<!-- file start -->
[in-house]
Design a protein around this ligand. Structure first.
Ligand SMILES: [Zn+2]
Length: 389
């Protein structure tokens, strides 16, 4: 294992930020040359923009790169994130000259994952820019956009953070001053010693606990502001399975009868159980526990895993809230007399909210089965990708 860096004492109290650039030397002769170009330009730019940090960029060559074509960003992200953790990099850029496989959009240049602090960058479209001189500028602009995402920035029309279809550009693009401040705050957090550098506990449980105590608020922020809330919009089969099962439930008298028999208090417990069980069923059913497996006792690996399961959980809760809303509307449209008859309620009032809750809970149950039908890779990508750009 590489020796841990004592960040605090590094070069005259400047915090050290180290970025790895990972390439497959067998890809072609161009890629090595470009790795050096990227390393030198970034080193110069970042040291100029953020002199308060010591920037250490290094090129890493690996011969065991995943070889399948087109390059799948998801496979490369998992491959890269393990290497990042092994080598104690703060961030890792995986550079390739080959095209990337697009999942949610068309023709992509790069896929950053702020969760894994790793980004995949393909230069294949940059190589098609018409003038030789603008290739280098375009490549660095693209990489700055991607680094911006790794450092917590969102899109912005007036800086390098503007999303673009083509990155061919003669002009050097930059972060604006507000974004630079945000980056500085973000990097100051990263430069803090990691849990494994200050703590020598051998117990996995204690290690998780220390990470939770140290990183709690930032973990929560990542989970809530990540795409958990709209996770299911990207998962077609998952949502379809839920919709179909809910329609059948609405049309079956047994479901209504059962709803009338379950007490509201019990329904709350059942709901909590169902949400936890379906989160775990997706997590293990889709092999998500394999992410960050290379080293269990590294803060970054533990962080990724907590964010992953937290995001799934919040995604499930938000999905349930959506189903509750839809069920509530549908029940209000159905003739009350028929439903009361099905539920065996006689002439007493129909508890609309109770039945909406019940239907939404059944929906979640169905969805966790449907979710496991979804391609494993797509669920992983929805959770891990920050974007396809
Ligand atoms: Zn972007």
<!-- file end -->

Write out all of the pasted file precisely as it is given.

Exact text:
[in-house]
Design a protein around this ligand. Structure first.
Ligand SMILES: [Zn+2]
Length: 389
């Protein structure tokens, strides 16, 4: 294992930020040359923009790169994130000259994952820019956009953070001053010693606990502001399975009868159980526990895993809230007399909210089965990708 860096004492109290650039030397002769170009330009730019940090960029060559074509960003992200953790990099850029496989959009240049602090960058479209001189500028602009995402920035029309279809550009693009401040705050957090550098506990449980105590608020922020809330919009089969099962439930008298028999208090417990069980069923059913497996006792690996399961959980809760809303509307449209008859309620009032809750809970149950039908890779990508750009 590489020796841990004592960040605090590094070069005259400047915090050290180290970025790895990972390439497959067998890809072609161009890629090595470009790795050096990227390393030198970034080193110069970042040291100029953020002199308060010591920037250490290094090129890493690996011969065991995943070889399948087109390059799948998801496979490369998992491959890269393990290497990042092994080598104690703060961030890792995986550079390739080959095209990337697009999942949610068309023709992509790069896929950053702020969760894994790793980004995949393909230069294949940059190589098609018409003038030789603008290739280098375009490549660095693209990489700055991607680094911006790794450092917590969102899109912005007036800086390098503007999303673009083509990155061919003669002009050097930059972060604006507000974004630079945000980056500085973000990097100051990263430069803090990691849990494994200050703590020598051998117990996995204690290690998780220390990470939770140290990183709690930032973990929560990542989970809530990540795409958990709209996770299911990207998962077609998952949502379809839920919709179909809910329609059948609405049309079956047994479901209504059962709803009338379950007490509201019990329904709350059942709901909590169902949400936890379906989160775990997706997590293990889709092999998500394999992410960050290379080293269990590294803060970054533990962080990724907590964010992953937290995001799934919040995604499930938000999905349930959506189903509750839809069920509530549908029940209000159905003739009350028929439903009361099905539920065996006689002439007493129909508890609309109770039945909406019940239907939404059944929906979640169905969805966790449907979710496991979804391609494993797509669920992983929805959770891990920050974007396809
Ligand atoms: Zn972007």